Visiting the Diocletian Palace in Split, Croatia

Listing all buildings that are among the most fascinating in the world, Diocletian Palace should be among them. Because of its great beauty and historical values, Palace was listed on the UNESCO World Heritage List in 1979.

According to its dimensions and level of preservation, the Palace represents the most valuable example of Roman architecture on the eastern coast of the Adriatic Sea.

Diocletian chose this place to build a palace because he was born in Salona. With almost rectangular walls (215m x 206m), the palace’s shape is somewhat like a military camp, so called castrum.

Two main streets, Cardo and Decumanus, dominate the interior structure and lead to many points of interest.

Though it was originally built as the Emperor’s residence, nobody, even the emperor himself, could not imagine how much life would remain inside the palace so many years (1.700) after his death.

The year of beginning of the Palace construction was not exactly established but it’s presumed that it could be around 295 AD , in preparation for his retirement in 305 AD.

The basic material for this retirement residence of Diocletian was the limestone and marble of high quality, most of which was from Brac marble quarries (the same used in White House construction) on the island of Brac and from Seget near Trogir.

Diocletian Palace Gates

There are four different gates or access points to enter Split’s historic core, all named after four different metals.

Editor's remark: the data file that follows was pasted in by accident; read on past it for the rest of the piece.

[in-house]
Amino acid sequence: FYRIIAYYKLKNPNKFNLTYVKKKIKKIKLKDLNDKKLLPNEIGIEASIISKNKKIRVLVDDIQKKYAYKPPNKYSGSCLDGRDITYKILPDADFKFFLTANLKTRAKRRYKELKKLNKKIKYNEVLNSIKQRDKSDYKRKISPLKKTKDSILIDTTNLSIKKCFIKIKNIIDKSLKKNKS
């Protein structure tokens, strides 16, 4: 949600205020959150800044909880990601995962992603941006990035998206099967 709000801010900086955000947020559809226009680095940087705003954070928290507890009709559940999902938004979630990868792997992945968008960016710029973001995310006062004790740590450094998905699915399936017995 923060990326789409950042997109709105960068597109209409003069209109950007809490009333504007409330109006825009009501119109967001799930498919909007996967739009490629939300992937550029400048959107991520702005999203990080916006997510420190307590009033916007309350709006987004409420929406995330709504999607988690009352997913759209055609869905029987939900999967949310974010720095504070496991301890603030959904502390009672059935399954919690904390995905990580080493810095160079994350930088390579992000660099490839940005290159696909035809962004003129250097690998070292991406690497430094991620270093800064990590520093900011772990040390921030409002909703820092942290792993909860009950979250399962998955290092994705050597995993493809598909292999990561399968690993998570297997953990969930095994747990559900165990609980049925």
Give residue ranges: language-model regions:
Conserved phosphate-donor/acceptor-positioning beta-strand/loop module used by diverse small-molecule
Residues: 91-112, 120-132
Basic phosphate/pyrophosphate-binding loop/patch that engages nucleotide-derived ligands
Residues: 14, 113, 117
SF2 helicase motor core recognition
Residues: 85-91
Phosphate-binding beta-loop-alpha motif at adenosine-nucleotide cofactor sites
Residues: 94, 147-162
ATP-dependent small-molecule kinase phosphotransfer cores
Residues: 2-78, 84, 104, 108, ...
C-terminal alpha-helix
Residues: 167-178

Bronze or Brass Gate

Probably the best starting point to enter the Palace will be from Bronze Gate. Originally this southern gate was facing the sea and the only gate suitable for sailing ships.

Today it’s the gate you enter from Riva promenade located somewhere in the middle palace’s southern walls. Bronze Gate leads to the palace basement, underground cellars, where you can stroll around exhibitions, craft or souvenirs stands.

Entering through this gate, the place cellars extend all the way to the steps from the Bronze Gate toward the steps that will lead you to the Peristyle, the palace’s main square.

Inside the palace basement, there is a map showing you a whole plan, not just the basement but the whole structure of the palace.

Silver Gate

The Silver Gate can be accessed from the eastern walls of the palace. This is the busiest entrance to the palace.

This gate is the main passage that leads to/rom the Pazar (green market), the most popular Split city belly.

Silver gate is very close to Split ferry port and many tourist after doing some shopping, usually use the gate to enter the palace.

The Silver Gate leads directly to Decumanus street (today Kresimirova street), the original east-west street that intersects with Cardo, the original north-south artery, at the Peristyle square.

Entering the Silver gate you can walk all the way to the western gate, called Iron gate or more commonly ‘gate under the clock‘.

Iron Gate

Entrance from the west to Diocletian Palace is possible only through the Iron Gate, usually called ‘entrance under the clock’.

Above the door was built the church of Our Lady of the belfry, whose bell tower from the 11th century is the oldest preserved bell tower on the Adriatic coast.

In the Middle Ages this gate were called “free port” because it was the only one that was not closed when the city expanded westward. Iron Gate leads to Pjaca (People’s Square), which is a favorite meeting place of the citizens and tourists.